“This happens to this day: I’d say to a small school coach in the state of Michigan or Ohio, Can your guy go down the road to Michigan or Ohio State and start and be dominant?” Gabriel says. “They say, Well I don’t know about that, they’re pretty good. Okay… But you think he can play in the NFL?”

For his part, Tripp believes he could have dominated at a big school and will be successful in the league. He played for three different coordinators at Montana, each with a different style. He finished his career an inside linebacker

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“At the time it was a little bit of mental gymnastics,” he says. “It made me a better football player down the road because I learned more concepts. Now it’s easier for me to pick up new things because I know why we’re running certain things.”

In this, Tripp has a leg up on many small school products. Broncos veteran linebacker Paris Lenon made the jump from the University of Richmond to the NFL after a stint in the XFL, and he recalls being floored by new concepts at the next level. During his first training camp with the Panthers in 2000, he was introduced to a curl coverage drop, an entirely unknown concept.

“The details of that drop, the visual, being able to feel the routes, that’s something I hadn’t worked on in school,” Lenon says. “There are a lot of little things you don’t get when you come from a small program.

“In the NFL, your Day 1 install may be three base defenses and three sub defenses, and we’re going to have 20 days of install. Big school guys already ran all that stuff, but just called it something different. Most small school guys don’t have anything to associate it with; like learning a foreign language for the first time.”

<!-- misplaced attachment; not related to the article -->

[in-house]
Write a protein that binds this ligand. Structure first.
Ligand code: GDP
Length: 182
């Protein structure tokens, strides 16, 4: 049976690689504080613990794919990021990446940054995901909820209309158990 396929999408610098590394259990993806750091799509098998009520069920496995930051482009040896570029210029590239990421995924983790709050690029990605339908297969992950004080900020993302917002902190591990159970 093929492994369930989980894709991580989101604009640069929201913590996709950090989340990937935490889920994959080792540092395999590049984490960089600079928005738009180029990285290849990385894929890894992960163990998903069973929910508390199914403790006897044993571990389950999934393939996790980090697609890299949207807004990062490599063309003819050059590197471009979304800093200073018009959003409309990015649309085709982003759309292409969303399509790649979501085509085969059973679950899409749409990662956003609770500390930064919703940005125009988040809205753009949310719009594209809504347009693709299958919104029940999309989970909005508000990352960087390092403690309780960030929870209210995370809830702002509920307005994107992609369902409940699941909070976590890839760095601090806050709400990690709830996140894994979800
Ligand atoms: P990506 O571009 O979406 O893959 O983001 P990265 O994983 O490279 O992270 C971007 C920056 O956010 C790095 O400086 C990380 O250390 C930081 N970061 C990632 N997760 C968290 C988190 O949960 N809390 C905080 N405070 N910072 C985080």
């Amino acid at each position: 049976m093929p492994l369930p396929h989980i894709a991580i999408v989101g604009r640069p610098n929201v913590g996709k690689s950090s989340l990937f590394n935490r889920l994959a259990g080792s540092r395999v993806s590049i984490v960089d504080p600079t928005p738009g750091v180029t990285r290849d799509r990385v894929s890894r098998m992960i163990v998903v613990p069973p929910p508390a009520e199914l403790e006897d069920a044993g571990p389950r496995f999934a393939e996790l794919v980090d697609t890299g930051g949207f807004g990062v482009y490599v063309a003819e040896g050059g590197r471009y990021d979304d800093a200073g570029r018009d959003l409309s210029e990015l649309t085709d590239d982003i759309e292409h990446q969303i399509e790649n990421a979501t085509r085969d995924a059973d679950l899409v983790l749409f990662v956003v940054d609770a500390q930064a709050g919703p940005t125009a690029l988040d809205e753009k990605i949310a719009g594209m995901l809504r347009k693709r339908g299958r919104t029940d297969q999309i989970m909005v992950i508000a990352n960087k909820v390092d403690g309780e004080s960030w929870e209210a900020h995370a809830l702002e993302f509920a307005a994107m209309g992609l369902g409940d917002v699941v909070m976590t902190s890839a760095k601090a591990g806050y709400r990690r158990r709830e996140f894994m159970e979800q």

That learning curve can be why some teams shy away from drafting non-BCS players, opting to invite several free agents to their camps instead of spending a pick on them. Guys like Tripp, Princeton defensive lineman Caraun Reid and especially Eastern Illinois quarterback Jimmy Garappolo are likely to need more time to acclimate than their BCS counterparts. It took Lenon, 36, four years to catch on as a starter in Green Bay. But others catch on faster.

Gabriel recalls scouting a behemoth tackle at Bloomsburg University of Pennsylvania in 2006. He was as raw in terms of technique as any prospect he’d ever seen, but he was dominant. Converted to guard upon being drafted by the Saints in the fourth round, Jahri Evans earned all-rookie accolades from several publications and began a string of five All-Pro nods in 2009.

The only evidence scouts could find that Evans would blossom in the NFL was a B-rate all-star game he participated in that spring in Las Vegas.

“In school, he dominated the competition without having to compete,” Gabriel says, “But then, when you saw him against some guys more on his level, he flashed there too. For linemen and other positions where you can see the one on ones, the all-star games are huge.”

Tripp drew rave reviews at the Senior Bowl, leading his side in tackles and likely propelling himself up draft boards. He’s projected to go anywhere from the third to the seventh round, evidence of a lack of consensus when it comes to small-school prospects. He’s visited several teams including the Eagles and Falcons since, and he’s growing a chip on his shoulder bigger than a Montana prime rib.

“I feel like I can contribute,” he says. “I’m as versatile as anybody. It doesn’t matter where you came from, because when you get to the NFL, everyone is the best.”